Thursday, August 8, 2013

Ordinary - or maybe not

After thrashing through some of our Hale, Northend and Webster ancestors recently, Traea's Grandma finally emerged into what she thought was the more familiar Sawyer family in the late 1600s.  By then just about everyone leading up to the Sawyers had immigrated from England, settling in what became Essex County, Massachusetts..

Here was the family of Samuel SAWYER and Mary EMERY, who produced, among others, sons Benjamin and Samuel, both of whom eventually contributed DNA to this grandma.  (For inquiring minds, it took a loooong time and a LOT of different families to bring those genes back together.)

Anyway, fun facts emerged during subsequent wanderings through Googleland.  (Dig past the collection of genealogists whose identical listings on almost any family member appear online.  The gems may instead be in descriptions of those relatives who come alive in books describing an area's history.)

Turns out that in Newbury, Essex, Massachusetts, Hugh March (no relation that I know of) was first licensed in 1670 by the Ipswich courts to "keep an ordinary and to sell strong drink."  This is from the book Ould Newbury, written by John J. Currier and published in Boston by Damrell and Upham in 1896.  

I had known that "the necessary," was the outhouse, but "an ordinary" as a tavern was a new fact.  

According to Ould Newbury, one of our Samuel Sawyers (probably senior since Samuel junior was born in 1674) is listed as a licensed innholder from 1693 to 1716, quite possibly at Hugh March's ordinary, which is by now known as the Blue Anchor Tavern, also written as the Blew Anchor Tavern.  He must have rented the place, because he is only listed as buying it in 1715.

Ould Newbury continues that Samuel resold this property almost immediately to Benjamin Sawyer, a weaver.  Benjamin only lasted until 1718 as the innkeeper / tavern owner.  He sold the "house and 2 3/4 acres of land in Newbury aforesd, commonly known by ye name of ye Blew Anchor Tavern, together with all ye houses, outhouses, Barns, Buildings, stables, orchards, Gardens, &c.," that he had acquired from Samuel.  Quite a sale!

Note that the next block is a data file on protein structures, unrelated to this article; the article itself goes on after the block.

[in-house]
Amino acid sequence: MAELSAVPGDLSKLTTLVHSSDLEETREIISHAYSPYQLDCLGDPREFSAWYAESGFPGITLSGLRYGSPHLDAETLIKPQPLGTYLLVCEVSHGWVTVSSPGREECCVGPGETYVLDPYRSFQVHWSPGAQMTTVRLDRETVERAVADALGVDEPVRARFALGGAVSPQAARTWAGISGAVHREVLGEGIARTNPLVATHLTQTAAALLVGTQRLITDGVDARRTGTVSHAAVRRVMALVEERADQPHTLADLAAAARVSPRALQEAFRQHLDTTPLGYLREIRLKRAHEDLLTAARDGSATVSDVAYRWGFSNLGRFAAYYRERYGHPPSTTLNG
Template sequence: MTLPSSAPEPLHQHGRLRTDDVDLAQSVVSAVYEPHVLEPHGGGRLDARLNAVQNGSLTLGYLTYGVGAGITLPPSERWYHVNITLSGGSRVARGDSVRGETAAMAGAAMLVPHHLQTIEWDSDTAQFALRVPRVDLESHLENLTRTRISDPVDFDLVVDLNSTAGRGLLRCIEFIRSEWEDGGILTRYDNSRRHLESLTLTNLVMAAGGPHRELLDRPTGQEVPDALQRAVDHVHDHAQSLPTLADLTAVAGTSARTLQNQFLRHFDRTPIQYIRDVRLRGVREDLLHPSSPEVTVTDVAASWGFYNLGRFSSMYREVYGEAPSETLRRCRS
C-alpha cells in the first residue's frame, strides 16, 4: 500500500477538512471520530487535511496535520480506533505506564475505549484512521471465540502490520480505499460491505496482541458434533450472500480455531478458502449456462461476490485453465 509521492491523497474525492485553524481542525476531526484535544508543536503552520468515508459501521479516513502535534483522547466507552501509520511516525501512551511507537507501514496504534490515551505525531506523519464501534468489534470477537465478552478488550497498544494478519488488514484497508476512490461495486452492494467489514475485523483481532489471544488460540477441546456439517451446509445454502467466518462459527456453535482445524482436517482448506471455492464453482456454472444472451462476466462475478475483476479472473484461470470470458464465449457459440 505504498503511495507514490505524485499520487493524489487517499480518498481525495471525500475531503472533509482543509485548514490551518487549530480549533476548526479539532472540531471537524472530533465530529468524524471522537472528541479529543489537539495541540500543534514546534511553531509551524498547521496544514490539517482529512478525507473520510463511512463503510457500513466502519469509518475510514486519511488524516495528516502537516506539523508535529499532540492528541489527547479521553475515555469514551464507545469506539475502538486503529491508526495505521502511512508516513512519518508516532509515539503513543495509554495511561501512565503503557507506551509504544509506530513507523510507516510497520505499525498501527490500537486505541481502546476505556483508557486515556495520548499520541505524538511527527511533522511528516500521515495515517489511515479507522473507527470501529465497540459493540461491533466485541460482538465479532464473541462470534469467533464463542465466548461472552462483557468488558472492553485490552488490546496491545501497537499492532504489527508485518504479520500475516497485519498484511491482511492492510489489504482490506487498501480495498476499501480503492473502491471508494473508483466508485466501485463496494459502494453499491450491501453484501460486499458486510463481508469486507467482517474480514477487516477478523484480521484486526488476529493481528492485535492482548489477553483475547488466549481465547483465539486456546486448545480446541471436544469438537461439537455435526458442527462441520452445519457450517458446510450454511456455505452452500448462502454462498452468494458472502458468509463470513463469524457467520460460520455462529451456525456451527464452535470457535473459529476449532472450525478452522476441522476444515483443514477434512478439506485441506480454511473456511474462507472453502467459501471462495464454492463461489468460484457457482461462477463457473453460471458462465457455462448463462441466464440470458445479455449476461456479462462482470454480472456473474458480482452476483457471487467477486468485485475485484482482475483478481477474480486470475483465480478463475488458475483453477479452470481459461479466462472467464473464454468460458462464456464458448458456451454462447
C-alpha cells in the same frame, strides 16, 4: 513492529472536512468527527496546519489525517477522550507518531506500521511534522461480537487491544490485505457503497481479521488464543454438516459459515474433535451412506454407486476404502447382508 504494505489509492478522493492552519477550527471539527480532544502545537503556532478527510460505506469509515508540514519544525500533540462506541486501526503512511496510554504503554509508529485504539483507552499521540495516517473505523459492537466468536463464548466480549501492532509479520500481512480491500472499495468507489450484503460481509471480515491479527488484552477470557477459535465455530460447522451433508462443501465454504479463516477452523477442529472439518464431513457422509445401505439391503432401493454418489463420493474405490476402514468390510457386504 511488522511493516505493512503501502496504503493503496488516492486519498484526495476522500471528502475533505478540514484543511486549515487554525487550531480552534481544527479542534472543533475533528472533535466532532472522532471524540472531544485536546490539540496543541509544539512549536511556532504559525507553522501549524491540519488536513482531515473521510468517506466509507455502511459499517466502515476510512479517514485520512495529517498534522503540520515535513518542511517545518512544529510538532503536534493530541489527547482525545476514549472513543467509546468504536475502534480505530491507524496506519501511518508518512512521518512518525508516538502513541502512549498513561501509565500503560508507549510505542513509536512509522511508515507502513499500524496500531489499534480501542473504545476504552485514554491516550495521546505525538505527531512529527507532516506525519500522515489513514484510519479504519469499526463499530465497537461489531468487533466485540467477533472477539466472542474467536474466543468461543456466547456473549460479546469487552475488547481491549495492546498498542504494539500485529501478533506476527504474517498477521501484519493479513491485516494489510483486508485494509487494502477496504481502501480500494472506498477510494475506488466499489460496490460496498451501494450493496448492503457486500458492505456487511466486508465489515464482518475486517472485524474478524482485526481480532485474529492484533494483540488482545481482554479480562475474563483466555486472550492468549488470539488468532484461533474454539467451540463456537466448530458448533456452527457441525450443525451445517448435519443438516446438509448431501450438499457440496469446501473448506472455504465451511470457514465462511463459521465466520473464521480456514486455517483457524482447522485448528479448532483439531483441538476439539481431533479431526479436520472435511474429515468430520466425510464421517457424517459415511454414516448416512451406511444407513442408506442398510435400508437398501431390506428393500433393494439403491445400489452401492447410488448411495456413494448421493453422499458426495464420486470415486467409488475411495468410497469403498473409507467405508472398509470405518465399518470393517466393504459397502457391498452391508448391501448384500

Then history smugly lures us with contradictions.  Ould Newbury relates that the tavern was taken down following a subsequent land sale a few years later.  The Society for the Preservation of New England Antiquities may support this when they explain a structure they own, the Swett-Ilsley House, sits adjacent to land Hugh March purchased.  Find photos and information at http://www.historicnewengland.org/historic-properties/homes/swett-ilsley-house .  Although Swett-Ilsley was used as a variety of commercial endeavors, the Antiquities people don't link it specifically with the Blue Anchor Tavern.

On the other hand, several modern writers describe and document that the former Blue Anchor Tavern is indeed today's Swett-Ilsley House.  Traea's Grandmother doesn't know enough to take sides on this contradiction, but it certainly has been a fun find!


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